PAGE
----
Chuka & the Whip – a Logical Analysis

Who benefits from Labour’s continuing ambiguity on Brexit? The country, or the party?

A few days ago Chuka Umunna put forward an amendment to the Queen’s speech with the aim of securing our place in the Single Market & Customs Union.  Jeremy Corbyn instructed his MPs to abstain on the amendment though 50 MPs “defied the whip” and voted in support.  There’s been much discussion about whether this was foolish, vain, badly timed or actually necessary at this stage, given that the Conservatives are widely seen to be under pressure & the Labour party is trying to hold onto a coalition of pro & anti brexit voters. Much of this discussion however has taken place from a Labour party and not a national perspective.

This blog attempts to look at the position logically from a national rather than purely Labour party view.  Firstly, it’s important to lay out some basic assumptions.

There is no “cake and eat it” Brexit – There is no special deal available from the EU that does not include membership of the Single Market & Customs Union.  Therefore if we do not join both of these the UK will suffer significant economic damage.

Clearly the UK voted to leave & clearly immigration is an issue for the UK.  There is an argument which says membership of the SM & CU means we haven’t really left.  That doesn’t change the facts.  At some point the UK will need to choose between prosperity & “controlling immigration”, or, alternatively, the choice will be made for them by our political class.  But there is no middle ground, no “near exact benefits deal” that excludes FoM.  And all parties know it.  Therefore continued fudging around “the best deal” is a political device used by both major parties which actually does the UK no favours whilst it continues.

Labour’s Pro/anti brexit dualism dilemma is wholly it’s own fault – Yes Labour has brexit seats in the north and remainer seats in the south and therefore it’s played a skillful game of playing to both sides.  But this was a cynical decision it took, no-one forced Labour to play both sides.  Therefore, it’s ultimately up to Labour how it solves this problem because at some point it will have to disappoint 1 of these 2 groups.

The interests of the Labour party & the National Interest are not the same thing – Yes the Labour party has issues and yes it needs to sort itself out however at this time more than ever the national interest must override party interest – country before party.  Getting the Labour party into a majority government may be the single aim of party loyalists but it does not in itself end or mitigate Brexit, nor is it necessarily the best thing for the UK at this time.  In actual fact the most useful government right now would likely be some form of multi-party coalition that had a clear mandate to minimise or stop brexit and a balanced view on how to take the country forward.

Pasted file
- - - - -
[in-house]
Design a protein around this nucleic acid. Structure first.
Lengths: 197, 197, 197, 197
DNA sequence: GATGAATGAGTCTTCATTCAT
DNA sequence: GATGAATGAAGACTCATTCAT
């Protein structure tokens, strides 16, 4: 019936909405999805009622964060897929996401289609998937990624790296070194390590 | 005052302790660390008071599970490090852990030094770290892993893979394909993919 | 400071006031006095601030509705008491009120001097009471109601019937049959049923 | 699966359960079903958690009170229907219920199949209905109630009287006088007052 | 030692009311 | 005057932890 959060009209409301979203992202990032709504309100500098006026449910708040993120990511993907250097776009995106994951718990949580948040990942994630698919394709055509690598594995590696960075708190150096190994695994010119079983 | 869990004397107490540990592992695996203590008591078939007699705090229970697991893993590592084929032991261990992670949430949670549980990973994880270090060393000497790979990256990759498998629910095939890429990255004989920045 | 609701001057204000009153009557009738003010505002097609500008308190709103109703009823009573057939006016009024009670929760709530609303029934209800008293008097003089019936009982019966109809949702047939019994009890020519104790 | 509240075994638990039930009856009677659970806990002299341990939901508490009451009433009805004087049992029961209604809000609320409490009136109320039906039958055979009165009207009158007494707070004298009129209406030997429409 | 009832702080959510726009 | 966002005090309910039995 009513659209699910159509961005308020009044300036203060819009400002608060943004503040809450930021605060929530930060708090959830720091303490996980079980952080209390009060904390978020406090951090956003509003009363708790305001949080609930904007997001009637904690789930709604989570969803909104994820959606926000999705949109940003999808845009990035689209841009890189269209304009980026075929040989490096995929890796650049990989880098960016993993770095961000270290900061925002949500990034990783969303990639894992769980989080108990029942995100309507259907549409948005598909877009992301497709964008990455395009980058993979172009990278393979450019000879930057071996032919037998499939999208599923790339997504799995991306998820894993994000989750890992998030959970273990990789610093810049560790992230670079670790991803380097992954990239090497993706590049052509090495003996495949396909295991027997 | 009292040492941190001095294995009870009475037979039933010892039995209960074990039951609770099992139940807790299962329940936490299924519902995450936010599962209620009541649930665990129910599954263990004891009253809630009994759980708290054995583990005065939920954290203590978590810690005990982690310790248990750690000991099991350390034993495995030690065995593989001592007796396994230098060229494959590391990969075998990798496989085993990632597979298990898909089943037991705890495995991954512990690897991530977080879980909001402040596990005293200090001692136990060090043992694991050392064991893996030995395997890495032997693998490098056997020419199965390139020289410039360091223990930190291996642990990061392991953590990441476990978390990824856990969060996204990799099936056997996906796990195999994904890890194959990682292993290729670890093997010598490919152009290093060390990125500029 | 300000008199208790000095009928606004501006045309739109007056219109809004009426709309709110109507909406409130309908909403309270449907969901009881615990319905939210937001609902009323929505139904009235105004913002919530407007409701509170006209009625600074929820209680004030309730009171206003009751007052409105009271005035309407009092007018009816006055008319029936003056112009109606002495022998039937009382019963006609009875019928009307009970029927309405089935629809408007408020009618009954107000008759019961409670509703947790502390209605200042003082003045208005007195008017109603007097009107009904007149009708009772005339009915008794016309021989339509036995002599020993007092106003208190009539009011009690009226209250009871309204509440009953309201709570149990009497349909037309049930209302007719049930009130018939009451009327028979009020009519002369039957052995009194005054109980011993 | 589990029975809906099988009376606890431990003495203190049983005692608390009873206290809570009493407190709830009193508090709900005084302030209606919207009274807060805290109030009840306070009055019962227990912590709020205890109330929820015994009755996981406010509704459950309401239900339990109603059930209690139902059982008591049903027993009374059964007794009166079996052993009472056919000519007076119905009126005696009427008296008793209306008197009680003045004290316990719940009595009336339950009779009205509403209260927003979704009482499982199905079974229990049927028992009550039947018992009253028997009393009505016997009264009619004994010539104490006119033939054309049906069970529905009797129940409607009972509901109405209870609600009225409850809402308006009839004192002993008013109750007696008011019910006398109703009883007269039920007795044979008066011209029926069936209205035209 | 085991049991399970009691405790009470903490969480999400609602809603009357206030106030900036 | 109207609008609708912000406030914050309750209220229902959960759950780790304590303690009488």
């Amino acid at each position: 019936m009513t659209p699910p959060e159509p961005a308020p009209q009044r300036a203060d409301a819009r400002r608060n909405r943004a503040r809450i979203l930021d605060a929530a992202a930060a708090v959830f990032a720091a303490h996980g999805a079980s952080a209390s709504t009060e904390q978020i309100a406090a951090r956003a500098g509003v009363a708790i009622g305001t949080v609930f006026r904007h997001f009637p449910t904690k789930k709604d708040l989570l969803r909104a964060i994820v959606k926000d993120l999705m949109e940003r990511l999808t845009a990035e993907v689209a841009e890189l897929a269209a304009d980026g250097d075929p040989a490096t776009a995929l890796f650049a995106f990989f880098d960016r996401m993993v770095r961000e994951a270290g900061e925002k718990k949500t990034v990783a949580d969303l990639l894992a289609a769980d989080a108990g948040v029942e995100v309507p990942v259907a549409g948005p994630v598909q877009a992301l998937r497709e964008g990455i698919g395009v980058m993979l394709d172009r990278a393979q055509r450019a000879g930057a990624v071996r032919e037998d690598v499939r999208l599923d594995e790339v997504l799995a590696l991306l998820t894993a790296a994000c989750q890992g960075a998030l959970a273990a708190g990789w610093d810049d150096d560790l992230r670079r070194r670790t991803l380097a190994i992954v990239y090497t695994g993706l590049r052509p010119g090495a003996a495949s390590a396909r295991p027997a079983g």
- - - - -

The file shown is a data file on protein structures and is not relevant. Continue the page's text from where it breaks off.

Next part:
The clock is ticking – Article 50 has been triggered and the clock is ticking.  It cannot easily be stopped or pushed back, if it can be at all.  There’s simply no time for Labour or the Tory party to “play the long game” as we should have started negotiations proper with a decent and well thought out plan 3 months ago.

 

So, to summarise, Labour must at some point in the near future come down on  being in or out of the SM & CU, and in doing so accept that it will disappoint its Leavers or Remainers.  The current behavior of both parties (“ambitious trade deal”/”exact same benefits”) is simply designed to delay this point as long as possible however this serves the individual parties interests and not the UK.  On the contrary, whilst this continues the UK economy is being damaged and we are looking increasingly ridiculous to the rest of the world.

If that in/out decision is proving impossible that will only be because Labour was dishonest with its voters at a colossal scale.  Labour activists will say this fudging was necessary however given the levels of dishonesty the British public has been exposed to these past 2 years that is arguably unforgivable and certainly not a “new kind of politics”.

 

So, was Chuka Umunna right in raising the amendment? To address that we need to consider it under 2 separate scenarios, is Corbyn a secret soft brexit/remainer or is he a secret hard brexiteer?  I have my own views on this but others have argued differently so we’ll consider both.

 

Corbyn is a secret soft brexit/remainer

In this instance the argument goes that Chuka has jumped the gun and ruined the long “soft brexit/remain” game that Corbyn & Labour are playing.  However if we examine this we have to conclude that, given there is no middle ground & we are in the SM & CU or we are out, the Labour party is essentially deliberately misleading its Leave voters.  Furthermore it’s doing this not in the National Interest but in the Party’s interest, in order to hold on to leave seats as long as possible.

Therefore, in essence Chuka & the 49 rebels were attacked for not colluding in an ongoing & drawn out evasion with the public in general and leave voters in particular, solely because Corbyn and the Labour party want to keep misleading Leave voters for as long as possible.  It’s important to emphasize this – Labour supporters appear quite comfortable with this “necessary” deceit but this will only create feelings of betrayal and disenfranchisement which will cause significant problems later.  Corbyn was supposed to bring a new honesty into politics.

 

Corbyn is a secret hard brexiteer

This is even more straightforward.  In this instance Corbyn and therefore a large part of the Labour leadership are resigned or happy with leaving the SM & CU, are deliberately misleading their remain voters and so there is no long “remain” game to disrupt.

There is however a long “leave” game to be disrupted which Chuka tried and hopefully succeeded in doing.